Death Doulas are people who support people in the end of life process, much like a midwife or doula with the birthing process. It is “a new non-medical profession” that recognizes death as a natural, accepted, and honored part of life. One might say that death midwifery is to hospice palliative care as birth midwifery is to obstetrics.
Death Doulas can:
What is medical aid in dying?
A trusted and time-tested medical practice that allows a terminally ill, mentally capable adult with a prognosis of six months or less to live to request from their doctor a prescription for medication they can decide to self-ingest to die peacefully in their sleep. I offer this service in Oregon and California.
Legacy: We are all born and we all die; it’s what we do in the middle that creates our legacy. What we leave behind is far more than simply wealth and possessions. We can share our story or give wisdom, advice, love, and support even after we have passed. And in doing so, give the future a glimpse of your essence – who you were, how you saw the world, and what gave your life. Death Doulas can help patients with the powerful, uplifting process of developing a legacy plan.
Presence: The last phase of our life can stir fear and anxiety as we each face our end-of-life. This is simply because we have not walked this path before. Having someone present with the experience and training in such a time can bring a sense of comfort and familiarity to the otherwise unfamiliar. Death Doulas provide holistic support as they accompany individuals and their families before, during, and after death.
Dignity: Everyone wants to have a positive passing where they maintain dignity and honor as they exit life. We all have our own values, traditions, and belief systems that will influence our vision and expectation of what that would look like. Creating an environment that represents that vision is important. This along with developing a legacy and presence work, is what an End-of-Life Doula brings to you and your family.
People are readily embracing this new area of end-of-life planning, and the field is rapidly gaining momentum. In 2014, the National Institutes of Health released a report Dying in America in which they discussed the future of end of life care. This report declared that there is need for professionals such as Death Doulas and to move towards:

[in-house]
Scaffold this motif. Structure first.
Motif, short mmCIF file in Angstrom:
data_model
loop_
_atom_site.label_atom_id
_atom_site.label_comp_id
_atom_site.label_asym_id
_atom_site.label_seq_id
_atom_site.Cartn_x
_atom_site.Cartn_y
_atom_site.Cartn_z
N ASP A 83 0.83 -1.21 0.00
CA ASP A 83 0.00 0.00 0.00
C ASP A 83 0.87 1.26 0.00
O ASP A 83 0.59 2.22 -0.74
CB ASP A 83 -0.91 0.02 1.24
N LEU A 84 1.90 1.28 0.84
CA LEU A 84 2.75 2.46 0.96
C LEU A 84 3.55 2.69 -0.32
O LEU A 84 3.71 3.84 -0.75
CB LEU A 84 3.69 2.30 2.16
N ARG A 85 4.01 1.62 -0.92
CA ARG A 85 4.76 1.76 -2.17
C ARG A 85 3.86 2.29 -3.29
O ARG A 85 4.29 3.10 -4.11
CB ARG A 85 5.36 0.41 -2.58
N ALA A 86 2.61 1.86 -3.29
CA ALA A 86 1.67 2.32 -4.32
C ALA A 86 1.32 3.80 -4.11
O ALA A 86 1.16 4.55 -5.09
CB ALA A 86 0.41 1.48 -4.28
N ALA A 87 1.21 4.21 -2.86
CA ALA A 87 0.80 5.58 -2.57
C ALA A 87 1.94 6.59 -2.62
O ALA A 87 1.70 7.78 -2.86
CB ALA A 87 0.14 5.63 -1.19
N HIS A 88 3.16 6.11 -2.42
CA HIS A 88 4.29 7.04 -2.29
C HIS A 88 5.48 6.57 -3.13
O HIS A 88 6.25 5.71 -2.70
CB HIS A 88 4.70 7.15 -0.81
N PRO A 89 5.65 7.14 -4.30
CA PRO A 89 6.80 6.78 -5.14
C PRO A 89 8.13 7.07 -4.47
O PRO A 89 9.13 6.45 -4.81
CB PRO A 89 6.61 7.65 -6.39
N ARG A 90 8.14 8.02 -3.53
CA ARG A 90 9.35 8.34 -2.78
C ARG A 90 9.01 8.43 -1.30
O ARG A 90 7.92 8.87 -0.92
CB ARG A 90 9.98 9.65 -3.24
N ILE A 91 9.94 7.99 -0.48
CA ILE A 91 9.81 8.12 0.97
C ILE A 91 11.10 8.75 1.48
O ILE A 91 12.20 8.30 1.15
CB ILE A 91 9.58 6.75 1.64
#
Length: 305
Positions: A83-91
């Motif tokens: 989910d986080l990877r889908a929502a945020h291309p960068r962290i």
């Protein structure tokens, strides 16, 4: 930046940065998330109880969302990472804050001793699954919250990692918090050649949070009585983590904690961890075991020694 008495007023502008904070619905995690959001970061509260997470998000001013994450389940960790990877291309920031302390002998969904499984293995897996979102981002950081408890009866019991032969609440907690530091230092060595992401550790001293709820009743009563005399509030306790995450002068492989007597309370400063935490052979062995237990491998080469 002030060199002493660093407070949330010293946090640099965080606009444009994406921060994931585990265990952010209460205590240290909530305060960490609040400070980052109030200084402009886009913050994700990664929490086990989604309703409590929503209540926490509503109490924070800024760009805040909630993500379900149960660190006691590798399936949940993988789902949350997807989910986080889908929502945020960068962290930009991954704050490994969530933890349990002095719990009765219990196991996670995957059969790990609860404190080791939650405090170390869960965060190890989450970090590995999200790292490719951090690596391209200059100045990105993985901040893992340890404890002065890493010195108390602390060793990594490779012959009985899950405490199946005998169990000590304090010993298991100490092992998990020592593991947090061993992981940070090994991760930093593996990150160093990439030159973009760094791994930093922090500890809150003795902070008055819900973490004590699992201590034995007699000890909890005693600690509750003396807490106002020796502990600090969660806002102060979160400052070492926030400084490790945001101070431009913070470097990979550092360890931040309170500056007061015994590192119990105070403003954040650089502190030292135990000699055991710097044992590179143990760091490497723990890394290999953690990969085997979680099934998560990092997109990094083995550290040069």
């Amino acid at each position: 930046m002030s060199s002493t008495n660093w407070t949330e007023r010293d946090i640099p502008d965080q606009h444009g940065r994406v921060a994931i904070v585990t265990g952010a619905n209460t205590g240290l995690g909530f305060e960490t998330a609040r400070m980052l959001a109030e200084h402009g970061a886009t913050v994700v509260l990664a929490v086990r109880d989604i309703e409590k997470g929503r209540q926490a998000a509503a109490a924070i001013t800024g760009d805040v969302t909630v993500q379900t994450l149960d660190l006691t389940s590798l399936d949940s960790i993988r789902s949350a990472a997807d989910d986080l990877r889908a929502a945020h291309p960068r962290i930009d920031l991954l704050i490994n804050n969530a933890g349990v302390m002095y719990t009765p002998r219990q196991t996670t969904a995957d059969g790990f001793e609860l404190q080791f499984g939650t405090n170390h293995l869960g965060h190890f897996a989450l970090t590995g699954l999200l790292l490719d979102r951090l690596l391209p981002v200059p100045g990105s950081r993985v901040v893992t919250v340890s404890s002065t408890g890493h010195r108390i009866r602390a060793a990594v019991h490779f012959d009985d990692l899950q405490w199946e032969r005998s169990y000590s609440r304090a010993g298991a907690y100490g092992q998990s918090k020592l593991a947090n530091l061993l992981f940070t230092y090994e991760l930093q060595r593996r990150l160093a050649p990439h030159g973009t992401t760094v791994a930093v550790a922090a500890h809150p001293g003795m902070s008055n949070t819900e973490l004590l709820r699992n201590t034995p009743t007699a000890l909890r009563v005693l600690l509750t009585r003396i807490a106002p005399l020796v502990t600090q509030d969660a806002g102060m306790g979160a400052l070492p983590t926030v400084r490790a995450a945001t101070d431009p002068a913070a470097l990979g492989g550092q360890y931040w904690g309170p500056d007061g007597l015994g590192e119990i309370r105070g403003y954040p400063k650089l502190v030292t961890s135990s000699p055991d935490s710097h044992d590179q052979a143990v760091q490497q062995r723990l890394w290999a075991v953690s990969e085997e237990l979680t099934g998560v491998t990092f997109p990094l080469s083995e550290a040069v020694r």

Many end of life care experts agree that over the course of the next decade, there will be a great rise in demand for alternative care services in order to accommodate the aging Baby Boomer generation and keep people at home during end of life (rather than residential care facilities).
There has never been a more important time than now to support both patients and families with specialized, non-medical alternative healthcare. Death Doulas are an an intricate and integral part of reshaping end of life care for the future.
“As long as they go through a training process, I think [Death Doulas] can complement the work of the Hospice team really well. The more people there to help a patient and family, the better.” –John Mastrojohn III, Executive Vice President of the National Hospice and Palliative Care Organization
I certified in June of 2021 with Patty Brennan, founder of Lifespan Doulas. Patty has over 20 years as an EOL doula and over 40 as a birth Doula. “End-of-life doulas can come in and help people in a real practical way,” she said. “They can help keep the person comfortable, make sure they’re not left alone, provide respite care for overworked family members and give them time for self-care, to go for a walk or get a nice sleep without being interrupted.” Brennan said she’s honored to help people through such difficult times, helping guide decisions and a sense of peace.
“It’s an incredibly emotional, fragile time,” she said. “It’s very overwhelming. We’re focused on the quality of that rather than just the quantity of that end-of-life experience. We’re there to provide support.” My training included:
I am so grateful to mentor under this Rock-Star Death Doula through her internship program which I started in July 2021.
Jill Schock is the owner of DDLA. She is a Los Angeles native with over a decade of experience in end-of-life care. Her core values are to honor and advocate for options and choice for ALL humans at end-of-life. She believes in empowering her clients to step away from the imposed traditions and negative stigma around death, and embrace personal choice and style as the chapter of life comes to an end.
A “death doula” is someone who serves as a navigator, advocate, and experienced professional for the dying and their loved ones. Death Doula services range from pre-planning to after-death body care and home viewing celebrations.
Jill received a Master’s Degree in Ethics and Theology from Vanderbilt University Divinity School and was trained and certified as a Clinical Chaplain, or Spiritual Counselor. She has been featured in Wired, Goop, PureWOW, Mind Body and Soul, and more.
With a benevolent work ethic and years of bedside experience, Jill is an exceptional guide to those facing end of life.
Darcy Feinstein, Life Coach & Death Doula
Copyright © 2022 Darcy Feinstein, M.L.C. - All Rights Reserved.
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